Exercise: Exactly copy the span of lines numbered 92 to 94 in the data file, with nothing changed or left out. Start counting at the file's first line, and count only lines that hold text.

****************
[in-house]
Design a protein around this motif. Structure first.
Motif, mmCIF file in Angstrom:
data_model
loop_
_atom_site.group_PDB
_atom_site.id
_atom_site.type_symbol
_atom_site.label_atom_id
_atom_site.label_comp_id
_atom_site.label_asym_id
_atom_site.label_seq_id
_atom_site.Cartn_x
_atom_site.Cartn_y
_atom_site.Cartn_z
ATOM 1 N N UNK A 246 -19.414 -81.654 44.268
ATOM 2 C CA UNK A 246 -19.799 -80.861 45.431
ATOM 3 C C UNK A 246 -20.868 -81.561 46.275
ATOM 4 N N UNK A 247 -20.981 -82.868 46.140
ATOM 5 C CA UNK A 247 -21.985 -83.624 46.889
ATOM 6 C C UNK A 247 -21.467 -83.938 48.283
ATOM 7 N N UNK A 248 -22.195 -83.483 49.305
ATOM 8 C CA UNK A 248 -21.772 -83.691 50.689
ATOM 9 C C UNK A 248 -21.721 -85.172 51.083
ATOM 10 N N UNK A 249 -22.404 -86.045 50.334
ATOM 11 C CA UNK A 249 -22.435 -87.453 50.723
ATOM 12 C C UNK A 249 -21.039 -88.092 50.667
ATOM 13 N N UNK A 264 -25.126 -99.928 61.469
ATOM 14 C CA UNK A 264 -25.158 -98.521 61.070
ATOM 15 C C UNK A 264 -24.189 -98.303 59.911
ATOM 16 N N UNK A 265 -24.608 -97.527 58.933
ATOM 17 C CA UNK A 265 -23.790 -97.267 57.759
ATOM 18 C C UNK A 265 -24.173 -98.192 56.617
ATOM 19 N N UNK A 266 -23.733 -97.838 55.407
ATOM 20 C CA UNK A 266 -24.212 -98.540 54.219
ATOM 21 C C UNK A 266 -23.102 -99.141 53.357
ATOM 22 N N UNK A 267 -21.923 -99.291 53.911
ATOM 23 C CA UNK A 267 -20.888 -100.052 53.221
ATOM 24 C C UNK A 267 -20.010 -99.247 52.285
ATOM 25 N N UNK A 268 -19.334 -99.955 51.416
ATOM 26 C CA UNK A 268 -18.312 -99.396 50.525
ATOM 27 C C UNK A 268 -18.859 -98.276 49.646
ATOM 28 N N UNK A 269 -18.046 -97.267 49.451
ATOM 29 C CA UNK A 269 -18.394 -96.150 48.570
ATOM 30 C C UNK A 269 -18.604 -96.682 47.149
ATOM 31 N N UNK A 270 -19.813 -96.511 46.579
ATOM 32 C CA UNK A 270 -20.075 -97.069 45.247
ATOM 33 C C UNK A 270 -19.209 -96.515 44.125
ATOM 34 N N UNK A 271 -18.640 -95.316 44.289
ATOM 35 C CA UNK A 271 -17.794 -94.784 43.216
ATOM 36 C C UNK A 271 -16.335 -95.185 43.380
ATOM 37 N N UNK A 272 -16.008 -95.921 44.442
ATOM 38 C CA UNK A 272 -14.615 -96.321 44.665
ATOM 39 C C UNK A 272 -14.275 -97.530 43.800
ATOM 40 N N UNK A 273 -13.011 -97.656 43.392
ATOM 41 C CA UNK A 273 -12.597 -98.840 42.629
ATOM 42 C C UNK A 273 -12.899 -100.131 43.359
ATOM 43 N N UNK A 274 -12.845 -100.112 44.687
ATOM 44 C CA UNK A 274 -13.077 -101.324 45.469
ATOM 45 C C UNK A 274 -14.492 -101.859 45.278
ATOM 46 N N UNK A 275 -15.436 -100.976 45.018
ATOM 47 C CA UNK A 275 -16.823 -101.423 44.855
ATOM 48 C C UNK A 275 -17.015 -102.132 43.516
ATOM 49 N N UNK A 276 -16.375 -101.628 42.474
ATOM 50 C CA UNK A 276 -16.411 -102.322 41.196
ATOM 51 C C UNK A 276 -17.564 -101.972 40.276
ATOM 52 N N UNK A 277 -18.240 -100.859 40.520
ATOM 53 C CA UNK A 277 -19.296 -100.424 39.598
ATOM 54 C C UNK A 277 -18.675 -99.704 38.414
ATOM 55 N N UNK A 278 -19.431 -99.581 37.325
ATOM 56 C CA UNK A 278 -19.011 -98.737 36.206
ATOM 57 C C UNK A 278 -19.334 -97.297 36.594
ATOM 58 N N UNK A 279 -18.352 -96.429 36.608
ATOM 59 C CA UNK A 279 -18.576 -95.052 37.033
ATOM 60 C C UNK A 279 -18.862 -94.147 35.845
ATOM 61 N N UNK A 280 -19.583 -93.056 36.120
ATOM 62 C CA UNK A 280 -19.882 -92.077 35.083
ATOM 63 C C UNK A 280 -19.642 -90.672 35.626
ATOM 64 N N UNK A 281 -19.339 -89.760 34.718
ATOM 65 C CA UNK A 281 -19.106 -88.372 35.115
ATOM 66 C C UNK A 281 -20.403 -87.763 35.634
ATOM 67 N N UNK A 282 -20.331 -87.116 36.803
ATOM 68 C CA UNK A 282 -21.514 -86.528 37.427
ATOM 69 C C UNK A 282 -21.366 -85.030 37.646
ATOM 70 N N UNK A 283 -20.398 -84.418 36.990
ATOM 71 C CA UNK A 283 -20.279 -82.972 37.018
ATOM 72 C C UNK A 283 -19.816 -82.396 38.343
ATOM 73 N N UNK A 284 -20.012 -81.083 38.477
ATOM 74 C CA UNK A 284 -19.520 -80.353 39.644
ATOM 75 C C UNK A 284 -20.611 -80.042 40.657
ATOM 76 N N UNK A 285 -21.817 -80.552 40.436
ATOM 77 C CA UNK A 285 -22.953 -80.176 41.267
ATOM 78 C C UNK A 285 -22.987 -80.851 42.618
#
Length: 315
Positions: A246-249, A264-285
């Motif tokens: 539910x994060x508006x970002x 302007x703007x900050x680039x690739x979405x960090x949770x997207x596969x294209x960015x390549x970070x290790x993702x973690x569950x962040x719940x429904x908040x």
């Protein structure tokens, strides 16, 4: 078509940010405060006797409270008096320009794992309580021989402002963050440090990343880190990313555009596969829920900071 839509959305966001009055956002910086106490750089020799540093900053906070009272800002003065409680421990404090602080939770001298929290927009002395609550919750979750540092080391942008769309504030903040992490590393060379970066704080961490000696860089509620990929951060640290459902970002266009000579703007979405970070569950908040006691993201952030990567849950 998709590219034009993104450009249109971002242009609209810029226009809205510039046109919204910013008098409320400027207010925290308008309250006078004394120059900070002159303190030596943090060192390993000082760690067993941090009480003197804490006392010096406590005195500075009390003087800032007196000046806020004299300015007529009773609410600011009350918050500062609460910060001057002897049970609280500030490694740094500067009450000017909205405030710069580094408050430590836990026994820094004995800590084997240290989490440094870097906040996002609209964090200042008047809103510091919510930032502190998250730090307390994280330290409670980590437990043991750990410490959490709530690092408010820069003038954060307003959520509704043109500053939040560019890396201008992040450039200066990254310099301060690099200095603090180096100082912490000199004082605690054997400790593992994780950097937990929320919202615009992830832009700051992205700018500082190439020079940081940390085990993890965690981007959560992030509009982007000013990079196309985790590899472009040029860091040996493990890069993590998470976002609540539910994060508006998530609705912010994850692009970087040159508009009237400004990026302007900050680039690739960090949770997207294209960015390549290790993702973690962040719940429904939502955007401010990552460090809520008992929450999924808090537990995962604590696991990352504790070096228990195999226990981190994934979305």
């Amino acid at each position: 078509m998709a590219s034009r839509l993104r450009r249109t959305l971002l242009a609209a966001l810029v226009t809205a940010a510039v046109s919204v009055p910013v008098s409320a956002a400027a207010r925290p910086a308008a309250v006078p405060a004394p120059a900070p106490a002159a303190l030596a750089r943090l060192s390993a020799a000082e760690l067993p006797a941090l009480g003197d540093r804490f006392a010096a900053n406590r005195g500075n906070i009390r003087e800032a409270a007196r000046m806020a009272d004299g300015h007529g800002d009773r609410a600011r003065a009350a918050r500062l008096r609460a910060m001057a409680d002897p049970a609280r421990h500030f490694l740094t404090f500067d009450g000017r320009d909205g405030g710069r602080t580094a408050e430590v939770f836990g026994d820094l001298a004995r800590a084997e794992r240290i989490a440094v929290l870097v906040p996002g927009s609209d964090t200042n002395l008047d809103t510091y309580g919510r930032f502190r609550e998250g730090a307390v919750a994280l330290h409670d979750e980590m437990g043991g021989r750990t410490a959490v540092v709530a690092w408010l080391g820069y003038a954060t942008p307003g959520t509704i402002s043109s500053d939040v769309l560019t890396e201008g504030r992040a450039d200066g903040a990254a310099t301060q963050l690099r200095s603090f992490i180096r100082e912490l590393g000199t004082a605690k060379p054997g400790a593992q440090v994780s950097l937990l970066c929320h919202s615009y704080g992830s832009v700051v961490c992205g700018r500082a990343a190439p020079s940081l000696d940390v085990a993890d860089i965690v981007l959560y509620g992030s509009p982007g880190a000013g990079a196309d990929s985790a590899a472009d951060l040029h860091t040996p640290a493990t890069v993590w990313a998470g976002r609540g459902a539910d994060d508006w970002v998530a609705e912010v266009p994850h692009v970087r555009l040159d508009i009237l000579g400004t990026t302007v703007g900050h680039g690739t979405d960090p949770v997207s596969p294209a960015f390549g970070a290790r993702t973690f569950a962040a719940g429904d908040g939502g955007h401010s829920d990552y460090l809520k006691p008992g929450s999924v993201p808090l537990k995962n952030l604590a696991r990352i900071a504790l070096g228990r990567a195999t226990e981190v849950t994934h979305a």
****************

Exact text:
ATOM 77 C CA UNK A 285 -22.953 -80.176 41.267
ATOM 78 C C UNK A 285 -22.987 -80.851 42.618
#